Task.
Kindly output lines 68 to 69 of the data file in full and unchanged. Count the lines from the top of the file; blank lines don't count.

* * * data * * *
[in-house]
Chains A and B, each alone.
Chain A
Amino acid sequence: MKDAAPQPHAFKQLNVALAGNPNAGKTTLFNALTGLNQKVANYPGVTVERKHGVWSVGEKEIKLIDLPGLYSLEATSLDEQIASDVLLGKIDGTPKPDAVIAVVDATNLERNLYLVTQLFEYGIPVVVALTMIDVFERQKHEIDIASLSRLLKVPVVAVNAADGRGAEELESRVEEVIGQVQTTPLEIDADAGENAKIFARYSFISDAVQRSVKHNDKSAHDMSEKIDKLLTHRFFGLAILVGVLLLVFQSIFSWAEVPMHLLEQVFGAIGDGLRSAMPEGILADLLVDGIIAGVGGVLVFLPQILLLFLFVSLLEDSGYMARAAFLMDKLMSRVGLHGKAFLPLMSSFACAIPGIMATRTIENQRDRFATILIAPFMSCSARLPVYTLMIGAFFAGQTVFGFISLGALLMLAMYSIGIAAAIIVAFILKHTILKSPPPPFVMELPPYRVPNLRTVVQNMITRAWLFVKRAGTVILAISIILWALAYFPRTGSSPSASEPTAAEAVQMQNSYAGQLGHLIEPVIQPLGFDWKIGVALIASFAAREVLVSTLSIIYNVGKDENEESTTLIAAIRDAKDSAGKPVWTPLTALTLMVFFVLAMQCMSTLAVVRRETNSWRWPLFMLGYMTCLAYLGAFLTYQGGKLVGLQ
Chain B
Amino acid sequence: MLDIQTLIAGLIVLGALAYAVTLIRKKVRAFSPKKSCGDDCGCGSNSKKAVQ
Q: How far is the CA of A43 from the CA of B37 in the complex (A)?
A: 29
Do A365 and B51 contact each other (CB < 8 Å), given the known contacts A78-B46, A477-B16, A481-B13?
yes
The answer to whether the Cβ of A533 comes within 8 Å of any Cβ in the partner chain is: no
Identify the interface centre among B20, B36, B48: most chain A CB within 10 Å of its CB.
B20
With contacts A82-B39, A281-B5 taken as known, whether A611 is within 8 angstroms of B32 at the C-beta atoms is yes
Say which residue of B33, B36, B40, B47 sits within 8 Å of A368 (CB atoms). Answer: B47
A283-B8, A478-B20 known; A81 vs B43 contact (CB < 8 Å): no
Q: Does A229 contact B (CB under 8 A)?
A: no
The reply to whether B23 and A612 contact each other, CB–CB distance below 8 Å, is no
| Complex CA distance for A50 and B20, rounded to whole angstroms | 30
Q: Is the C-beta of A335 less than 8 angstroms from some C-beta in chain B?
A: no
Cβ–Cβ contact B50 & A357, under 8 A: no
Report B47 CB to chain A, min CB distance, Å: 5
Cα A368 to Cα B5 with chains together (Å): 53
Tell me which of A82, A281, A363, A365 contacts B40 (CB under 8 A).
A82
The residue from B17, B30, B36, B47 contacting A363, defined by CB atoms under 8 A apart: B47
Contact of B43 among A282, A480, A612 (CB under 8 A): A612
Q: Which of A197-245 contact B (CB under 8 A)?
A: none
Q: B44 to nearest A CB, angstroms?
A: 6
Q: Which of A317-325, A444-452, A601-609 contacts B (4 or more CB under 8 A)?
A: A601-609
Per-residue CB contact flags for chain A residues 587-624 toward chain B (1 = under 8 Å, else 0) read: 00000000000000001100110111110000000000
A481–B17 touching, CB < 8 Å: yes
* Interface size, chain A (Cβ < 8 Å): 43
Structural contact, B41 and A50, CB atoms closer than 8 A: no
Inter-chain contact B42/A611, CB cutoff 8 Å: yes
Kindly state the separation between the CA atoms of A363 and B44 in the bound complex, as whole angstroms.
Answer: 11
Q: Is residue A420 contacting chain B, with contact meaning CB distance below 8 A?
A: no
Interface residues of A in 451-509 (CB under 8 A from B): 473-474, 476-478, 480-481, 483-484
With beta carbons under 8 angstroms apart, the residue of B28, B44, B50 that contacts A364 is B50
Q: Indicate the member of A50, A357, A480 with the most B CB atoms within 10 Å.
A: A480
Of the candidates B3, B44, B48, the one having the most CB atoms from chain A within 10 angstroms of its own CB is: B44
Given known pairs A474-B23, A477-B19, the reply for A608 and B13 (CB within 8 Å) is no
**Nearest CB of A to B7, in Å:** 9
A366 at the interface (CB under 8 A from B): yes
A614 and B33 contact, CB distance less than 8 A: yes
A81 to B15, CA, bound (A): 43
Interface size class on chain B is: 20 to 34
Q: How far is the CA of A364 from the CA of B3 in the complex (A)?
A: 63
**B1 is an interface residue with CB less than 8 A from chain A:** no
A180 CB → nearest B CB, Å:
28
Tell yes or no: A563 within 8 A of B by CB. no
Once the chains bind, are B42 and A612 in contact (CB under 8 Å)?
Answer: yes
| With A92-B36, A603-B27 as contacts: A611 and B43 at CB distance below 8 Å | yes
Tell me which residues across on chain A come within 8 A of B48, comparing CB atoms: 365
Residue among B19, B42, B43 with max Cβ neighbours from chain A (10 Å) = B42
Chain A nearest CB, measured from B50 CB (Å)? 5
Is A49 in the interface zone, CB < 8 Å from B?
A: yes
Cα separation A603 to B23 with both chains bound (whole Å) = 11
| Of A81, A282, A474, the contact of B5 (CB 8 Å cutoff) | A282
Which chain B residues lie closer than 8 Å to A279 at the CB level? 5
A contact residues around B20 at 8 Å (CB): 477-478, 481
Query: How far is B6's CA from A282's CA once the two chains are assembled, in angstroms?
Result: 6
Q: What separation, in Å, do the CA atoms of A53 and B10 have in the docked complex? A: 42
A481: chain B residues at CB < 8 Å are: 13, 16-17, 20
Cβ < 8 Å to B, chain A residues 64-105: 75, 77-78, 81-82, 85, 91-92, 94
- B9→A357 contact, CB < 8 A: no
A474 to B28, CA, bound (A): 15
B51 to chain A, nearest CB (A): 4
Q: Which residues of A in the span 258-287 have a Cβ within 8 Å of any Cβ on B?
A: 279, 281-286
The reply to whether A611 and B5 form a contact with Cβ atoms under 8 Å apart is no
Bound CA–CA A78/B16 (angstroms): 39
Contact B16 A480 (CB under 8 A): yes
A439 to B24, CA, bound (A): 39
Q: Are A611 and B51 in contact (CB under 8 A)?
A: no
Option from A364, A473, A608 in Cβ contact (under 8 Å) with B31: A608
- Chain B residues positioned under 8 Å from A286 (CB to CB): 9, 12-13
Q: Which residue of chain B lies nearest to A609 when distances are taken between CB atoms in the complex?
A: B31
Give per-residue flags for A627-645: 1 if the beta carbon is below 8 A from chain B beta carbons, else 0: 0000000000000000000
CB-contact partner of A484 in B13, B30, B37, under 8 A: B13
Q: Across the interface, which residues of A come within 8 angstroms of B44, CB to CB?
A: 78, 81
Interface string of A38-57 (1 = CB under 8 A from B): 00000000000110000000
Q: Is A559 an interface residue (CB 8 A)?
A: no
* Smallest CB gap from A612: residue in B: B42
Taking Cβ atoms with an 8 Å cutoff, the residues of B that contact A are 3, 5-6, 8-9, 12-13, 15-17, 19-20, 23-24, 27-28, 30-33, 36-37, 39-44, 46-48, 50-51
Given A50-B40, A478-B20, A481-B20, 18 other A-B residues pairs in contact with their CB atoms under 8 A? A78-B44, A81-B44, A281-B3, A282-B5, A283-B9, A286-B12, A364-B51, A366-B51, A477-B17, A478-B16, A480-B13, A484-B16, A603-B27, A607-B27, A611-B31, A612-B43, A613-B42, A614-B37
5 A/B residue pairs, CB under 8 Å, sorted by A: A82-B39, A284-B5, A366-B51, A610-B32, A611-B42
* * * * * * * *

Is A49 in the interface zone, CB < 8 Å from B?
A: yes